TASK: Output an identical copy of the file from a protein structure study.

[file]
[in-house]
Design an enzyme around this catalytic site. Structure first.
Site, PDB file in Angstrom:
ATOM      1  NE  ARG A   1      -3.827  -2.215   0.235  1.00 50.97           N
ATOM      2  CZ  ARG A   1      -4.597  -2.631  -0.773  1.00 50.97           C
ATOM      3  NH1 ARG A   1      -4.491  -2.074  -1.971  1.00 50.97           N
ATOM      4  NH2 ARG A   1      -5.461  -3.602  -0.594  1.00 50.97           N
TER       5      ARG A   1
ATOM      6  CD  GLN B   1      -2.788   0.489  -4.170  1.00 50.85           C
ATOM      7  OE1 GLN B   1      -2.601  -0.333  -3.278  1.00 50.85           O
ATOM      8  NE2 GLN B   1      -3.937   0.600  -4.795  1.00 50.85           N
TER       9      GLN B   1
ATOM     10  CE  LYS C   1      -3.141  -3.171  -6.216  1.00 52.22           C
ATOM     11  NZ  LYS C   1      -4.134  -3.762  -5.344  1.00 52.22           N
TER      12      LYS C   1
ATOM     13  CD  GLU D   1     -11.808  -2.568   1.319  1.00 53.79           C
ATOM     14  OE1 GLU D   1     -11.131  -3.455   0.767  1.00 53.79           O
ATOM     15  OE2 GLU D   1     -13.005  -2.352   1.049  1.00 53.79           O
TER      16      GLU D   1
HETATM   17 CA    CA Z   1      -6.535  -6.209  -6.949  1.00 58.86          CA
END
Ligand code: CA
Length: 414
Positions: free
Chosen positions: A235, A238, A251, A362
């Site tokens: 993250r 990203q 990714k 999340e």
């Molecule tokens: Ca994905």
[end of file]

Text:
[in-house]
Design an enzyme around this catalytic site. Structure first.
Site, PDB file in Angstrom:
ATOM      1  NE  ARG A   1      -3.827  -2.215   0.235  1.00 50.97           N
ATOM      2  CZ  ARG A   1      -4.597  -2.631  -0.773  1.00 50.97           C
ATOM      3  NH1 ARG A   1      -4.491  -2.074  -1.971  1.00 50.97           N
ATOM      4  NH2 ARG A   1      -5.461  -3.602  -0.594  1.00 50.97           N
TER       5      ARG A   1
ATOM      6  CD  GLN B   1      -2.788   0.489  -4.170  1.00 50.85           C
ATOM      7  OE1 GLN B   1      -2.601  -0.333  -3.278  1.00 50.85           O
ATOM      8  NE2 GLN B   1      -3.937   0.600  -4.795  1.00 50.85           N
TER       9      GLN B   1
ATOM     10  CE  LYS C   1      -3.141  -3.171  -6.216  1.00 52.22           C
ATOM     11  NZ  LYS C   1      -4.134  -3.762  -5.344  1.00 52.22           N
TER      12      LYS C   1
ATOM     13  CD  GLU D   1     -11.808  -2.568   1.319  1.00 53.79           C
ATOM     14  OE1 GLU D   1     -11.131  -3.455   0.767  1.00 53.79           O
ATOM     15  OE2 GLU D   1     -13.005  -2.352   1.049  1.00 53.79           O
TER      16      GLU D   1
HETATM   17 CA    CA Z   1      -6.535  -6.209  -6.949  1.00 58.86          CA
END
Ligand code: CA
Length: 414
Positions: free
Chosen positions: A235, A238, A251, A362
């Site tokens: 993250r 990203q 990714k 999340e």
């Molecule tokens: Ca994905």